After lunch we returned to the bike and pointed the handlebars south. Just a few miles away, we turned east on WA20, otherwise known as the North Cascades Highway. The highway immediately makes a significant climb out of the valley and eventually ventures high enough that the high heat was reduced to much more comfortable temperatures. We did get stopped at a couple of one-lane construction sites. The first was rather long and was only tolerable because I had found a shady spot to park the bike for the 15 minute wait. Frustrating, but not fatal. The second delay was in the quaint tourist haven of Winthrop, where a two-mile long stretch of the road through downtown was one-lane only. Our luck was with us and we happened upon the line of backed up vehicles just as our direction was being allowed through the destruction zone. It was a damn good thing too; there were no convenient shady spots to hide in for this one.
West of Winthrop, WA20 gets much more remote and starts to climb higher into the mountains. The climb culminates in a single switchback in the shadow of a tall mountain cliff, leading up to Washington Pass. There’s a scenic overlook just west of Washington Pass. If you don’t stop here and take the short (150 yard) hike to the overlook point, you’re a moron. Enough said.
Continuing west on WA20, you dip down and then back up through Rainy Pass. It wasn’t rainy today. Then it’s a long descent to the series of reservoirs in the Skagit River valley. First there’s Ross Lake, which you can just barely appreciate from the road. Then there’s Diablo Lake. There’s a scenic overlook for Diablo Lake just off WA20. Again, if you do not stop here and appreciate the views, you will be mercilessly ridiculed. Be forewarned, this overlook can often be quite windy. If you have a habit of removing your doo-rag during stops, you might want to leave it on for this one. You’ve been warned.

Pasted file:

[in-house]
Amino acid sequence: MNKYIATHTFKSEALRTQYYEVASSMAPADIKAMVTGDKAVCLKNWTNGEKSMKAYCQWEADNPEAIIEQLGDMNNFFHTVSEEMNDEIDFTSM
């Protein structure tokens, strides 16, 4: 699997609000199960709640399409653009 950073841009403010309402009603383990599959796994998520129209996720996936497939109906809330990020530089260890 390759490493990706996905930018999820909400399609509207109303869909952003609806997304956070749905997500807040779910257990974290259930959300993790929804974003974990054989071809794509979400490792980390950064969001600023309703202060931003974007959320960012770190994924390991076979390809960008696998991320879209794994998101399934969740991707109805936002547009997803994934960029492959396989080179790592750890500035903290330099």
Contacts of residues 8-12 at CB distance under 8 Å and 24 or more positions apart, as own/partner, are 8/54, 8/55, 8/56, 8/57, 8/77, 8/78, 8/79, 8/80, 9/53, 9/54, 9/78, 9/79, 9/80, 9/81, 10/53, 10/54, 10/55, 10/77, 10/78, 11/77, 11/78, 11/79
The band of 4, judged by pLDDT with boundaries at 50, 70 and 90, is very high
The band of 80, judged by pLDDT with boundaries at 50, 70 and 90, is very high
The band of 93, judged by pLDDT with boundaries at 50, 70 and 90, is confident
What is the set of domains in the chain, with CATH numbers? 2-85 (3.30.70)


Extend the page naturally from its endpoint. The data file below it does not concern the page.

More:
Continuing west takes you deeper into the valley, with begins to widen after the series of dams. You travel through a series of small towns with even smaller collections of quaint shops, inns, and eateries. One of those towns is Marblemount. One of the quaint lodging establishments in (or just west of) Marblemount is the Totem Trail Inn. I was familiar with this small strip motel. Aitch, Mary, and I had stayed here several years ago when were were traveling together to the Par-Tay. The good news was that its fairly dated decor had been significantly updated since then. The bad news was that their wifi was down. Oh well. We moved in and made our way the four miles back to Marblemount for dinner at the Mondo restaurant.
Mondo was a schizophrenic eatery. It was a combination restaurant, gift shop, sports bar, and beer/wine takeout store. Their food offerings were also widely varied. The long list of traditional American fare was augmented by a equally long list of Asian fair. I can attest that the chicken teriyaki is quite tasty and comes in a large enough portion for two.
After dinner, we stopped for gas, a few adult beverages for later that evening, and returned to the motel.
The Plan for Tomorrow
Get up early so we can make the 1:15pm Coupeville/Port Townsend ferry (there is some drama here that I will explain in tomorrow’s report). Then head down US101 along the Hood Canal and on to the Par-Tay.